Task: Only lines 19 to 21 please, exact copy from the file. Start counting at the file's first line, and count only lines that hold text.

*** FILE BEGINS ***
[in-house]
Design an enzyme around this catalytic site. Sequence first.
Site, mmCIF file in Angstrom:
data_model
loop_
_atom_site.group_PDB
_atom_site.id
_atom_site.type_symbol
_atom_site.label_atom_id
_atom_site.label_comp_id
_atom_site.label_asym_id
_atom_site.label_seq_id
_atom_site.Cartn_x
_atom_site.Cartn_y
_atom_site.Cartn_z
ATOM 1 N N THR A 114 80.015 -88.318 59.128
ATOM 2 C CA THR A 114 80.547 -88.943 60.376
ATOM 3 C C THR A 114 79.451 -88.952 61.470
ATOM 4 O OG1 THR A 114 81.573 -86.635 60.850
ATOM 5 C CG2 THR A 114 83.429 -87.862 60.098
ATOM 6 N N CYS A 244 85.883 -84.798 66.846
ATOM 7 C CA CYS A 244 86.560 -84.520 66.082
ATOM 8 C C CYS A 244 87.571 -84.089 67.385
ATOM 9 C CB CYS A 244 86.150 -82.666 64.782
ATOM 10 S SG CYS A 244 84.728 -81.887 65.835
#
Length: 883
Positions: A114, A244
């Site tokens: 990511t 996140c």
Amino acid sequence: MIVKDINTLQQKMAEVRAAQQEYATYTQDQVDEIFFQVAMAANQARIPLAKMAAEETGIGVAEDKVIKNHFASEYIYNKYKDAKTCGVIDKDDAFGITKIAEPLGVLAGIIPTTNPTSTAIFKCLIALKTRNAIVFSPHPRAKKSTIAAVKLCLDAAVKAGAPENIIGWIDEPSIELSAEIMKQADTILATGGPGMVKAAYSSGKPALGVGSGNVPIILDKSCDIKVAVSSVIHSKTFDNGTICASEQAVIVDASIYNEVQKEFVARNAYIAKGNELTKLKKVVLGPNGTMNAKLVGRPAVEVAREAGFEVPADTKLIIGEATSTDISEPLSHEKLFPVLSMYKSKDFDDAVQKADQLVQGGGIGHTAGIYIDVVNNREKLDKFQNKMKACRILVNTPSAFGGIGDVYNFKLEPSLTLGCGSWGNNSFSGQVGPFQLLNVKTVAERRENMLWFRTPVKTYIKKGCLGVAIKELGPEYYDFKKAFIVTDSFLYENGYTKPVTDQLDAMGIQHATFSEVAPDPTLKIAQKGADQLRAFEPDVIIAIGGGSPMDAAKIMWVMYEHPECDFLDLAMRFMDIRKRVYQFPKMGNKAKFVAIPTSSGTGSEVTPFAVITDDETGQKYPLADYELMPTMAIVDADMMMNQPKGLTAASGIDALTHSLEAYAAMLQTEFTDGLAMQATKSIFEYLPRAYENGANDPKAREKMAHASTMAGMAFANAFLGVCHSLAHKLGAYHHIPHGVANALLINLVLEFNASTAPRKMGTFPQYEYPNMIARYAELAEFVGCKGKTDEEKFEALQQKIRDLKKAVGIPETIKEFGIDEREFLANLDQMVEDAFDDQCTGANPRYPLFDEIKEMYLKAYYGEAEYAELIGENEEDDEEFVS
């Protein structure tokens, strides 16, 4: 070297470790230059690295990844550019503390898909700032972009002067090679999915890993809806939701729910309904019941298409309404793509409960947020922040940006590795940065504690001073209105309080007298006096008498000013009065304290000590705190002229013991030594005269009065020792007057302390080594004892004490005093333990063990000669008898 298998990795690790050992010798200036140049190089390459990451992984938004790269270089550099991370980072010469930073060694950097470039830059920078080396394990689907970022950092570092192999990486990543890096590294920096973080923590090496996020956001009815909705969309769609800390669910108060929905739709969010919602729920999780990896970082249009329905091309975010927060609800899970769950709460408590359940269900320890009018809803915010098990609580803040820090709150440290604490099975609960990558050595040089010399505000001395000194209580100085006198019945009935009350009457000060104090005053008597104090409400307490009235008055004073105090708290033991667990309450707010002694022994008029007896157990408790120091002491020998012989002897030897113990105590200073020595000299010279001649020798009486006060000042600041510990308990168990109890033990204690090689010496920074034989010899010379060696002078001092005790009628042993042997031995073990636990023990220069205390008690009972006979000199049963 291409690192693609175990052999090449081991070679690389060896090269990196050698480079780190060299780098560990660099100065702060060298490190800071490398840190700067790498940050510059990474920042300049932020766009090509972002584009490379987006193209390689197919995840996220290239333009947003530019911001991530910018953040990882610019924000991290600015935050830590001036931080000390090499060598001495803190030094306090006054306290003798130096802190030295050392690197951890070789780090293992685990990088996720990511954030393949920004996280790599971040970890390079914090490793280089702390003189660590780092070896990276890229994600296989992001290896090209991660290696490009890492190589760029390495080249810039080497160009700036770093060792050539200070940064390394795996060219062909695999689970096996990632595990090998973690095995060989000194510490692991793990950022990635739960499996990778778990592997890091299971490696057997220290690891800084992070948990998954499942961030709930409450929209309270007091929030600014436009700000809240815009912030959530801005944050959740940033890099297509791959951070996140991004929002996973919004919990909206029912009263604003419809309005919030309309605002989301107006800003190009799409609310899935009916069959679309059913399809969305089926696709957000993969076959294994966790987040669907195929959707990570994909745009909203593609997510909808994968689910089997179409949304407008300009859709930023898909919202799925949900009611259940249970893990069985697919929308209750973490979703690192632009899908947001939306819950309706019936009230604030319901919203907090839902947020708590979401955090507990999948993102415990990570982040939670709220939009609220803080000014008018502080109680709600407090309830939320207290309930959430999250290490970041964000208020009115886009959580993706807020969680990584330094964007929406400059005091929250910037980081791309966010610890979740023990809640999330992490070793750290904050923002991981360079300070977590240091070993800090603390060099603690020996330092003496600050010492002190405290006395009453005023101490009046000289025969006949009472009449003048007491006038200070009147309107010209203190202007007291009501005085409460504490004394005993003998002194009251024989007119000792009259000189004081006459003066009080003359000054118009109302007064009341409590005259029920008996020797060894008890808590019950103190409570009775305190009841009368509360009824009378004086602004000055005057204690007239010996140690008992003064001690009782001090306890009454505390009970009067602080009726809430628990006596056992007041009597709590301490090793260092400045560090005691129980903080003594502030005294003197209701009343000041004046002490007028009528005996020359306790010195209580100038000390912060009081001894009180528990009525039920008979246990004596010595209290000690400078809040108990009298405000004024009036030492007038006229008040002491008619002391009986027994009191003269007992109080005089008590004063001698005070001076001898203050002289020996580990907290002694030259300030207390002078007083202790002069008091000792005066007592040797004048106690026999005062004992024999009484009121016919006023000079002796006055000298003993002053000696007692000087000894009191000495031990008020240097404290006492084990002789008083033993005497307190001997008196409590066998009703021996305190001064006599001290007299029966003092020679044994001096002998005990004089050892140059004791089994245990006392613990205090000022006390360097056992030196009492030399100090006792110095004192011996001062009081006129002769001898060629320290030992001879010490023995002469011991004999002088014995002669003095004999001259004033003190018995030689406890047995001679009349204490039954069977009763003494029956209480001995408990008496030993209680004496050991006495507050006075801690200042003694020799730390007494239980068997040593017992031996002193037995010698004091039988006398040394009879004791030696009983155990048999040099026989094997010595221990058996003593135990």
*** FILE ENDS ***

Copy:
ATOM 4 O OG1 THR A 114 81.573 -86.635 60.850
ATOM 5 C CG2 THR A 114 83.429 -87.862 60.098
ATOM 6 N N CYS A 244 85.883 -84.798 66.846